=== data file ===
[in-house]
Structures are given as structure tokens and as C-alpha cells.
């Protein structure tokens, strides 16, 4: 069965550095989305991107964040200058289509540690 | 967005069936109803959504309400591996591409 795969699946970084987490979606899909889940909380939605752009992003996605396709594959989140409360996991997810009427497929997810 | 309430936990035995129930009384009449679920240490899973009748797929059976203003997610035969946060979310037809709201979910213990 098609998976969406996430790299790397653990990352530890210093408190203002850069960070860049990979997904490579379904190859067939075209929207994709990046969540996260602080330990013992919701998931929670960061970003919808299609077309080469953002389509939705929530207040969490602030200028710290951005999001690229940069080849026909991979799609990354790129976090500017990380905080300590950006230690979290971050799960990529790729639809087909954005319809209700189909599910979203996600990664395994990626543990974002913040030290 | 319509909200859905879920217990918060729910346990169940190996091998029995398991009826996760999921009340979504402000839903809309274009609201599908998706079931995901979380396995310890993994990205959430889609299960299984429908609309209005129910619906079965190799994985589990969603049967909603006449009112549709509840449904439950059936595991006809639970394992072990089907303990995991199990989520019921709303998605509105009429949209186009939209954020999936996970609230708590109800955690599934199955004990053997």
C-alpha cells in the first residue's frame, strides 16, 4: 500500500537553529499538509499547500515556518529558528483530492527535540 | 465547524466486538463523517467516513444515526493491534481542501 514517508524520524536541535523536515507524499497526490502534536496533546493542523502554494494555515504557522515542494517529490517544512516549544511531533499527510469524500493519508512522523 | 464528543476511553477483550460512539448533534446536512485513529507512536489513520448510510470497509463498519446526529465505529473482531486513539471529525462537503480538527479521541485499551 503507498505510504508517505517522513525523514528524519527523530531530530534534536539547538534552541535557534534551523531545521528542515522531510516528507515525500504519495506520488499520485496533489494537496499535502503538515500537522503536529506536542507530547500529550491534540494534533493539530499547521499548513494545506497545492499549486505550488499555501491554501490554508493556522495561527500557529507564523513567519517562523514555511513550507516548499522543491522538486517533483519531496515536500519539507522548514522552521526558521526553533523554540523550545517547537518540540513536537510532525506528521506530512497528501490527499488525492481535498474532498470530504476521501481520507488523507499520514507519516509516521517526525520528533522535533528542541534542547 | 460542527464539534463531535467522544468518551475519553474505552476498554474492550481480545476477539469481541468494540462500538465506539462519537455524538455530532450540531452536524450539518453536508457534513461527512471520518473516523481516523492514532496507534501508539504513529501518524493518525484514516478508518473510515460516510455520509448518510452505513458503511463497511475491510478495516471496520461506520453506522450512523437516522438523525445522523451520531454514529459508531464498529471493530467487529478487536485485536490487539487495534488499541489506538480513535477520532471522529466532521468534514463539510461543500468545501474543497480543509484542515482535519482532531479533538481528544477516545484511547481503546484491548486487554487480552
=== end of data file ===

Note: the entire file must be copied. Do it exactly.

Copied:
[in-house]
Structures are given as structure tokens and as C-alpha cells.
């Protein structure tokens, strides 16, 4: 069965550095989305991107964040200058289509540690 | 967005069936109803959504309400591996591409 795969699946970084987490979606899909889940909380939605752009992003996605396709594959989140409360996991997810009427497929997810 | 309430936990035995129930009384009449679920240490899973009748797929059976203003997610035969946060979310037809709201979910213990 098609998976969406996430790299790397653990990352530890210093408190203002850069960070860049990979997904490579379904190859067939075209929207994709990046969540996260602080330990013992919701998931929670960061970003919808299609077309080469953002389509939705929530207040969490602030200028710290951005999001690229940069080849026909991979799609990354790129976090500017990380905080300590950006230690979290971050799960990529790729639809087909954005319809209700189909599910979203996600990664395994990626543990974002913040030290 | 319509909200859905879920217990918060729910346990169940190996091998029995398991009826996760999921009340979504402000839903809309274009609201599908998706079931995901979380396995310890993994990205959430889609299960299984429908609309209005129910619906079965190799994985589990969603049967909603006449009112549709509840449904439950059936595991006809639970394992072990089907303990995991199990989520019921709303998605509105009429949209186009939209954020999936996970609230708590109800955690599934199955004990053997």
C-alpha cells in the first residue's frame, strides 16, 4: 500500500537553529499538509499547500515556518529558528483530492527535540 | 465547524466486538463523517467516513444515526493491534481542501 514517508524520524536541535523536515507524499497526490502534536496533546493542523502554494494555515504557522515542494517529490517544512516549544511531533499527510469524500493519508512522523 | 464528543476511553477483550460512539448533534446536512485513529507512536489513520448510510470497509463498519446526529465505529473482531486513539471529525462537503480538527479521541485499551 503507498505510504508517505517522513525523514528524519527523530531530530534534536539547538534552541535557534534551523531545521528542515522531510516528507515525500504519495506520488499520485496533489494537496499535502503538515500537522503536529506536542507530547500529550491534540494534533493539530499547521499548513494545506497545492499549486505550488499555501491554501490554508493556522495561527500557529507564523513567519517562523514555511513550507516548499522543491522538486517533483519531496515536500519539507522548514522552521526558521526553533523554540523550545517547537518540540513536537510532525506528521506530512497528501490527499488525492481535498474532498470530504476521501481520507488523507499520514507519516509516521517526525520528533522535533528542541534542547 | 460542527464539534463531535467522544468518551475519553474505552476498554474492550481480545476477539469481541468494540462500538465506539462519537455524538455530532450540531452536524450539518453536508457534513461527512471520518473516523481516523492514532496507534501508539504513529501518524493518525484514516478508518473510515460516510455520509448518510452505513458503511463497511475491510478495516471496520461506520453506522450512523437516522438523525445522523451520531454514529459508531464498529471493530467487529478487536485485536490487539487495534488499541489506538480513535477520532471522529466532521468534514463539510461543500468545501474543497480543509484542515482535519482532531479533538481528544477516545484511547481503546484491548486487554487480552